Andrew Romanoff, the speaker of the Colorado House, offers a simple explanation for why his state enacted a sweeping immigration law in 2006.
"The immigration system is, by all accounts, broken," he says, "and the federal government has shown very little appetite for either enforcing the law or reforming the law."
In the absence of federal action on immigration, in 2007 every state in the nation considered legislation to address the issue, according to the National Conference of State Legislatures (NCSL). It released a study in November showing that states considered "no fewer than 1,562 pieces of legislation related to immigrants and immigration," with 244 passed into law in 46 states. Both the number of bills and the number of new laws were three times higher than the totals in 2006.
When Colorado's law was enacted in 2006, it was considered perhaps the toughest in the country. It requires anyone older than 18 who is seeking state benefits to show identification proving legal status and requires employers to verify the legal status of workers. But it provides exemptions for certain types of medical care and was designed to hold harmless the children of illegal immigrants.
Colorado's approach has since been superseded by states such as Arizona, Georgia and Oklahoma, which have taken an even harder line. In fact, if there's one clear trend in state and local legislation, it's toward a stricter approach.
In Hazelton, Pa., a controversial set of laws has been held up by the courts. The ordinances would require businesses to turn employee information over to the city, which would then verify documents with the federal government. Prospective tenants would have to acquire a permit to rent by proving their legal right to be in the country.
"It used to be that state and local activity was all over the map," says Mark Krikorian, executive director of the Center for immigration Studies, which advocates reduced immigration. "Those that are loosening the rules now are the exception."
Georgia's law touches on every facet of state policy that relates to illegal immigrants. Under its provisions, state and local government agencies have to verify the legal residency of benefit recipients. Many employers will have to do the same whenever they make a hiring decision. And law enforcement agencies are given authority to crack down on human trafficking and fake documents.
Thousands of immigrants, both legal and illegal, have left Oklahoma following the November enactment of a law (HB 1804) that makes it a felony to knowingly transport illegal immigrants and requires employers to verify the immigration status of workers. It also limits some government benefits to those who can produce proof of citizenship.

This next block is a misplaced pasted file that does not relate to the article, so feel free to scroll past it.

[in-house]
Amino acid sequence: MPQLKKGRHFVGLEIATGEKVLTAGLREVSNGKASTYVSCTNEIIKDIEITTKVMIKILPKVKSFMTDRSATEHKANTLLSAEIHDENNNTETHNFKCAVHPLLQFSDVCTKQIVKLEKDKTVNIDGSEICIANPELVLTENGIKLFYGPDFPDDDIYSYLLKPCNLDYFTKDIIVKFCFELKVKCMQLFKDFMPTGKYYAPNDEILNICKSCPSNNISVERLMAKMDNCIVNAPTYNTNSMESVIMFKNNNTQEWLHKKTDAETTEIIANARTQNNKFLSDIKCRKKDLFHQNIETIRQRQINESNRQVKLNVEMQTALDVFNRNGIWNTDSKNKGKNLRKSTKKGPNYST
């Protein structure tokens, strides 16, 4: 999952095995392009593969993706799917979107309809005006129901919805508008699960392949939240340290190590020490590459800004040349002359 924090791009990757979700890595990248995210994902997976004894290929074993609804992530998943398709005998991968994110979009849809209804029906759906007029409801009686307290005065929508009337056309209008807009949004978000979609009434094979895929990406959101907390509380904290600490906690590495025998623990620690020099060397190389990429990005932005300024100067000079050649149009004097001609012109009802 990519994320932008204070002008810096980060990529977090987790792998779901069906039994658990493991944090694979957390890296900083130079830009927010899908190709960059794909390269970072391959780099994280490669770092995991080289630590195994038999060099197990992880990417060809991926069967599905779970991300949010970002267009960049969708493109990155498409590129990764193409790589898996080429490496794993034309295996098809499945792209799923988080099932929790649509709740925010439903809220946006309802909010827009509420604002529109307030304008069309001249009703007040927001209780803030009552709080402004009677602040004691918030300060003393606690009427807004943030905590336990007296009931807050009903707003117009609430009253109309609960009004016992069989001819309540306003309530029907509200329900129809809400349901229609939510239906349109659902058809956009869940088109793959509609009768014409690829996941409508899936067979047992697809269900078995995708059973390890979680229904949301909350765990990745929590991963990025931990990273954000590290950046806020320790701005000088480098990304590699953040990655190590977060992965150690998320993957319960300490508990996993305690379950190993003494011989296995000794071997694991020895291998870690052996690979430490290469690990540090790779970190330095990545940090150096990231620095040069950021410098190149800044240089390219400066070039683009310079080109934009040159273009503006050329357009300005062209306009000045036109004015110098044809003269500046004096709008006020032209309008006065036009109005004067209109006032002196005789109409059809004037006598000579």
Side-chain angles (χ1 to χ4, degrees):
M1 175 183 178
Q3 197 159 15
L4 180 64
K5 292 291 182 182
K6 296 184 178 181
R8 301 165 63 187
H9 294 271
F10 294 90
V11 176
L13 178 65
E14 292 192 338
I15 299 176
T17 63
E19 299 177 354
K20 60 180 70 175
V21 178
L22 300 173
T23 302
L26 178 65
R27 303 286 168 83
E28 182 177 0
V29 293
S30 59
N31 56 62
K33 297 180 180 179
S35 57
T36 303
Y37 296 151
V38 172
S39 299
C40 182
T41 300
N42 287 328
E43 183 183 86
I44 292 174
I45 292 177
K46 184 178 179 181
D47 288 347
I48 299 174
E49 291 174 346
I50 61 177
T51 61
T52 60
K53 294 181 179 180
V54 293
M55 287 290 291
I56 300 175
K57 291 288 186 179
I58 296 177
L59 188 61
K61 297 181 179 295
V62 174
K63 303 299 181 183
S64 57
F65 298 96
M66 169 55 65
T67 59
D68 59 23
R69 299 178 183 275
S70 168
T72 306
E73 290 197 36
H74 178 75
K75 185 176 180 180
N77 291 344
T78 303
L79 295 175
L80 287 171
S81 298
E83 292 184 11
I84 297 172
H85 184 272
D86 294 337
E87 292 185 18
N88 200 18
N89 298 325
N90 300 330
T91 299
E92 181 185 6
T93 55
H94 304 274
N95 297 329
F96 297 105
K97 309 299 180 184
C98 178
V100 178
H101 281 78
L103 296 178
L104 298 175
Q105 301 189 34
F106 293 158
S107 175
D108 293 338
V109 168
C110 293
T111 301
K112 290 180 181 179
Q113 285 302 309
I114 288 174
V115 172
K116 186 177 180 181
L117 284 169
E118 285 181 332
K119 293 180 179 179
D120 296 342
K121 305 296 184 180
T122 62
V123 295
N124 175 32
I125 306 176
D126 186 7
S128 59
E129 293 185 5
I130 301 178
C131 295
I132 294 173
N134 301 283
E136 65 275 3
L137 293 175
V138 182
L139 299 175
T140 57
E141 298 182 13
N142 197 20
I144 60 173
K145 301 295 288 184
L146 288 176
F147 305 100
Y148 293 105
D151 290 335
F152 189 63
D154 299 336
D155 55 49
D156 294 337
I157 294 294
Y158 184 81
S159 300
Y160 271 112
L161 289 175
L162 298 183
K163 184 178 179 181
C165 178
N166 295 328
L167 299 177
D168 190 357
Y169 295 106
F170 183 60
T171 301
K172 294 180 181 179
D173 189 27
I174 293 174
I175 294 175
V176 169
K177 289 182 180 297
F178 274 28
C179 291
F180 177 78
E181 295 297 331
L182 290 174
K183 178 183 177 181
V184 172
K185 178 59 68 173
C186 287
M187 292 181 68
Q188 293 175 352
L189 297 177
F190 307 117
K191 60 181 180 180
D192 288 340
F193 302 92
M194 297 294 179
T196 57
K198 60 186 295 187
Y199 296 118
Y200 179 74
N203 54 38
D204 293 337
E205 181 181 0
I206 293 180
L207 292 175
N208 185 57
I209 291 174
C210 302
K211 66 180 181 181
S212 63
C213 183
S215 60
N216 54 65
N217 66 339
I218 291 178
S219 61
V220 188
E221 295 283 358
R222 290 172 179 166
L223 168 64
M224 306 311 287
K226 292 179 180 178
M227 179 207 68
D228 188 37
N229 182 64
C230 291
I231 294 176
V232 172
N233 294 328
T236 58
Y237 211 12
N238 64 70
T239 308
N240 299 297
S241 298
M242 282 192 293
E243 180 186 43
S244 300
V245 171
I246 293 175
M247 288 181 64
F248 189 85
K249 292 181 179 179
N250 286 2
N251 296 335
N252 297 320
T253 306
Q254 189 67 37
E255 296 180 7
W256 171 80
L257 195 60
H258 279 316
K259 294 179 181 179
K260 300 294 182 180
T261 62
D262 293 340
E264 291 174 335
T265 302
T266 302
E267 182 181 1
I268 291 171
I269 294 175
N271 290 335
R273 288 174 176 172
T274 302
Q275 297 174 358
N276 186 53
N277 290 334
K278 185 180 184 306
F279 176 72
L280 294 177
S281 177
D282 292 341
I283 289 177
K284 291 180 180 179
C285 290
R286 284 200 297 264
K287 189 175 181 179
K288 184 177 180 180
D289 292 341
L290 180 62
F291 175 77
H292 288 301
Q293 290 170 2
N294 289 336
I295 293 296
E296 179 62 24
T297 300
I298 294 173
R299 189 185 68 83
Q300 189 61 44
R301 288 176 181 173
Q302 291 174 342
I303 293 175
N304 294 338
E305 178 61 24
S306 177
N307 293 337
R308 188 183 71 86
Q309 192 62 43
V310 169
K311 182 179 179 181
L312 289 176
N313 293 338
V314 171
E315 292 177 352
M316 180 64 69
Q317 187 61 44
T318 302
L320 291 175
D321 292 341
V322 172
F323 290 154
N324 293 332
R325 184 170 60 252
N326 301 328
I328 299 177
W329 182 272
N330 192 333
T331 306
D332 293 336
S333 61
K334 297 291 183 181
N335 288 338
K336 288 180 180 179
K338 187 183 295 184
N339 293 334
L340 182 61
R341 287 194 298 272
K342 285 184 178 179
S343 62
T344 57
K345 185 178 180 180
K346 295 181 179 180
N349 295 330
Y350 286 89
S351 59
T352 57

Employers in numerous sectors, including hotels, restaurants and agriculture, have complained about labor shortages. But Republican state Rep. Randy Terrill, who wrote the law, says it will save the state money due to the abolition of public subsidies for illegal immigrants. "There's significant evidence that HB 1804 is achieving its intended purpose," he said.
A demonstrator in Tucson supports Proposition 200 on Dec. 22, 2004. The voter-approved Arizona law denies some public benefits to illegal immigrants. (AP Photo/John Miller)
States just a few years ago were debating the expansion of benefits for illegal immigrants, such as in-state tuition rates for college. But now politicians in most locales who appear to be aiding illegal immigrants in any way are widely castigated.
New York Gov. Eliot Spitzer, a Democrat, proposed in fall 2007 that illegal immigrants should be eligible for driver's licenses, arguing that would make them more likely to buy insurance. But the idea touched off a political firestorm not only in his state but also within the Democratic presidential campaign and he quickly backed down.
Early this year, Maryland Democratic Gov. Martin O'Malley called for his state to stop issuing driver's licenses to undocumented immigrants. (It's one of seven that currently do so.) "When you've got a New York governor getting clubbed over the head for trying to institute what Maryland has . . . you realize we are out of sync with the rest of the nation," said state House Republican leader Anthony J. O'Connell.
Legislatures in at least a dozen states are already considering bills modeled on the get-tough approaches taken elsewhere. Legislators in states neighboring Oklahoma, for instance, say that they feel pressure to introduce restrictive legislation, particularly from constituents in areas where immigrants who had lived in Oklahoma have relocated.
The fact that there's a sort of legislative arms race going on, with states trying to outdo each other on the immigration issue, has many people worried. A patchwork approach, with tough laws in scattered places driving some immigrants toward more lenient jurisdictions, is clearly not the way to resolve a national or even international issue such as immigration.
"Obviously, 50 different state immigration policies is ultimately unworkable," says Romanoff. "All of us much prefer a federal solution.
"The question is, how long should we wait? In Colorado we decided we could wait no longer."